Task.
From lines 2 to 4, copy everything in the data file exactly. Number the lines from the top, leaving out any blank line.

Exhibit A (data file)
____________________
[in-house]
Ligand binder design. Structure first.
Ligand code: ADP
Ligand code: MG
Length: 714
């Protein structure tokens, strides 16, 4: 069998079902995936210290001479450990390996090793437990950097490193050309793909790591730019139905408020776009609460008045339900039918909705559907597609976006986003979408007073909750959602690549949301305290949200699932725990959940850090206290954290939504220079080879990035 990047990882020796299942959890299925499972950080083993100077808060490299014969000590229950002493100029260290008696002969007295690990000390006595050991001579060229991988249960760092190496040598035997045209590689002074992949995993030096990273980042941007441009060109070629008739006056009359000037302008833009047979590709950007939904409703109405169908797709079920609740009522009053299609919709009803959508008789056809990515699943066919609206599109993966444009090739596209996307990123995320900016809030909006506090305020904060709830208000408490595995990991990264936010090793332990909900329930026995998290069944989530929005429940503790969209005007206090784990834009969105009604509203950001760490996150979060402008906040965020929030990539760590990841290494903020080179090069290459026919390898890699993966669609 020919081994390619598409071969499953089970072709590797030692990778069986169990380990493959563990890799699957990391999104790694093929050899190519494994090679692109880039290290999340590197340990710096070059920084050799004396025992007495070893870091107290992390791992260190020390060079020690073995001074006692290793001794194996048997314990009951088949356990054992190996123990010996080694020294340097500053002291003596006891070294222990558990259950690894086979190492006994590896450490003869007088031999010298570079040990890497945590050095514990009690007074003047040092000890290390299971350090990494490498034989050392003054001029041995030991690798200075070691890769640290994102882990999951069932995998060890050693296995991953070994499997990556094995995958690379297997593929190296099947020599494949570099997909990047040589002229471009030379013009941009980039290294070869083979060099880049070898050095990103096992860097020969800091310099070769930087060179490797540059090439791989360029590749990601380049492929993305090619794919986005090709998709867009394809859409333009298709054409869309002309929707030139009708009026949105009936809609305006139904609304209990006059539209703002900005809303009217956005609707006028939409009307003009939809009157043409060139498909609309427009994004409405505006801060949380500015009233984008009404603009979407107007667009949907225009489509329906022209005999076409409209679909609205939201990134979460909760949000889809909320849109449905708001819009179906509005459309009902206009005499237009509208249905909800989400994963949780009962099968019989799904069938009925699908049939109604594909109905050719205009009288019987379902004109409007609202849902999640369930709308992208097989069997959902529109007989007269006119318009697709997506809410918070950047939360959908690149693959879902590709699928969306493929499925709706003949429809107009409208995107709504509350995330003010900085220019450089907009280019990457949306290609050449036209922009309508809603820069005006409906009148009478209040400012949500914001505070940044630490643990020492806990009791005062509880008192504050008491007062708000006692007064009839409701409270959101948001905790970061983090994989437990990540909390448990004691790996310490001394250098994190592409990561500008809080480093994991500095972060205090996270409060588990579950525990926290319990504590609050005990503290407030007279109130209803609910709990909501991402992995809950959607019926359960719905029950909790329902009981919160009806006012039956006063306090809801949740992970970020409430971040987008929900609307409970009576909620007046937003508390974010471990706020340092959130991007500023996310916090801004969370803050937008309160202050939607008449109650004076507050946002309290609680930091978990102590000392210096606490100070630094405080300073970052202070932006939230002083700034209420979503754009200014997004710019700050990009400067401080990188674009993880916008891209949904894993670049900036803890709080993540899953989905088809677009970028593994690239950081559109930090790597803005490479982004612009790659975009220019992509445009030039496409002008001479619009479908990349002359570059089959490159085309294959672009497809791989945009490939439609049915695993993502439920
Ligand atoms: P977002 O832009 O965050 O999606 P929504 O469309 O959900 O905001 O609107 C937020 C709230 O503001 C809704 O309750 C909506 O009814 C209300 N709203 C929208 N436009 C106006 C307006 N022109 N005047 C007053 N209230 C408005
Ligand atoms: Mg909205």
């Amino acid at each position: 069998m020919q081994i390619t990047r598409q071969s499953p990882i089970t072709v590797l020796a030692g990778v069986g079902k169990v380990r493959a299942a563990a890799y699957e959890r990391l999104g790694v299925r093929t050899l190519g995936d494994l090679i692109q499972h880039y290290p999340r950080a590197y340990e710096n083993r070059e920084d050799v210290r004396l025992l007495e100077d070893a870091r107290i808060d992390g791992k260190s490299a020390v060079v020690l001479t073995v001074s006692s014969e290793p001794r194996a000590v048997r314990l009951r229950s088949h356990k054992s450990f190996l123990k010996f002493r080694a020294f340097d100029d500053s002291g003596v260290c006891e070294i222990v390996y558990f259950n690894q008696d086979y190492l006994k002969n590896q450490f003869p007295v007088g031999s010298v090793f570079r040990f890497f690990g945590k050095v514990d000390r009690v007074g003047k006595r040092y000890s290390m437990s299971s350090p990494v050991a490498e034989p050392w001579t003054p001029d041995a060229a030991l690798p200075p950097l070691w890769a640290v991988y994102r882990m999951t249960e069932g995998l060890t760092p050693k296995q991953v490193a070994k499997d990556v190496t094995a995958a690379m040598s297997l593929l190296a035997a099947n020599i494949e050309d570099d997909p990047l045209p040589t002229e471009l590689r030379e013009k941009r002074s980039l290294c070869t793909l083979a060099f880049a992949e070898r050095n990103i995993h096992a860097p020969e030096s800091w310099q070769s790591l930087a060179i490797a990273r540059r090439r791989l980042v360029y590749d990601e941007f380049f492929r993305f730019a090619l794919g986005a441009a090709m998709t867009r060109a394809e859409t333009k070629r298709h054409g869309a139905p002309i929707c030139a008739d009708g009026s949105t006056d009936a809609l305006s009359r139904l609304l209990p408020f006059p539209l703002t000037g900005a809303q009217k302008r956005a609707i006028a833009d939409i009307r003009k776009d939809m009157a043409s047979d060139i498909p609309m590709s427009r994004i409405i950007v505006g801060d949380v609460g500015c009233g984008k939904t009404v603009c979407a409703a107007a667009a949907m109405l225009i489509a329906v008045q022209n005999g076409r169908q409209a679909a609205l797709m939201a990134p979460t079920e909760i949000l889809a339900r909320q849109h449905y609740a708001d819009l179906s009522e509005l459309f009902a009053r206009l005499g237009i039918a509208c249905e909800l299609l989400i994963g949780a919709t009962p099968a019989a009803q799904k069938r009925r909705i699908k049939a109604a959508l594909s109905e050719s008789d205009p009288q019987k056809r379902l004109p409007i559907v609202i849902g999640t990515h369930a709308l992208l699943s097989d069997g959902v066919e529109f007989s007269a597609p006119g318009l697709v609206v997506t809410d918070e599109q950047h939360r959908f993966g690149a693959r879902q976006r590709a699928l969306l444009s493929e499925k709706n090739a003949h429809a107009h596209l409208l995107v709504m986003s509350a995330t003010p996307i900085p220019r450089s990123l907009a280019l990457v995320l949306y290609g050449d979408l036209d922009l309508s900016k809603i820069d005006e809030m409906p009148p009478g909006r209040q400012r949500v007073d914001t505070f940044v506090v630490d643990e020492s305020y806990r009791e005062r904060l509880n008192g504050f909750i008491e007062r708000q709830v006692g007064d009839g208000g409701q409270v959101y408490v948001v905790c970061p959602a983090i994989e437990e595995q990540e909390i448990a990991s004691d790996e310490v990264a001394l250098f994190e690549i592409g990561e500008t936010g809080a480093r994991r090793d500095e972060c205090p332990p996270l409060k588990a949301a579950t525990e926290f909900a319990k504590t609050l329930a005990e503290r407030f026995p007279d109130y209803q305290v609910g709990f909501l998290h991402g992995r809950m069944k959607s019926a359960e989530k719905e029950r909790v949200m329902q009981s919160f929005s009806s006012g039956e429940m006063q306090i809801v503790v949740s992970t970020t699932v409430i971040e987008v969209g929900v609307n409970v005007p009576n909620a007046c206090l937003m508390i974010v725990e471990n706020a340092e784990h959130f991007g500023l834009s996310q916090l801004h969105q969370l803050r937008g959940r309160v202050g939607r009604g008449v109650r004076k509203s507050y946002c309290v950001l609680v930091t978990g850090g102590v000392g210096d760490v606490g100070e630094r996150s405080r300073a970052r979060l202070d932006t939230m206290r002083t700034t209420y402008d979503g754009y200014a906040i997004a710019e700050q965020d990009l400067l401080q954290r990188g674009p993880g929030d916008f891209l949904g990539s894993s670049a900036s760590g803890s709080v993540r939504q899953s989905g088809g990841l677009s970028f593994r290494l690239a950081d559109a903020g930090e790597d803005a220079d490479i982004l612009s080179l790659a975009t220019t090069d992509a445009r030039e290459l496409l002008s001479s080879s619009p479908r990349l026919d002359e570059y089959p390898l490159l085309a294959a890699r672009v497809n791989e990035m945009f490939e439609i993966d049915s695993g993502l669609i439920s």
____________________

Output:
Ligand binder design. Structure first.
Ligand code: ADP
Ligand code: MG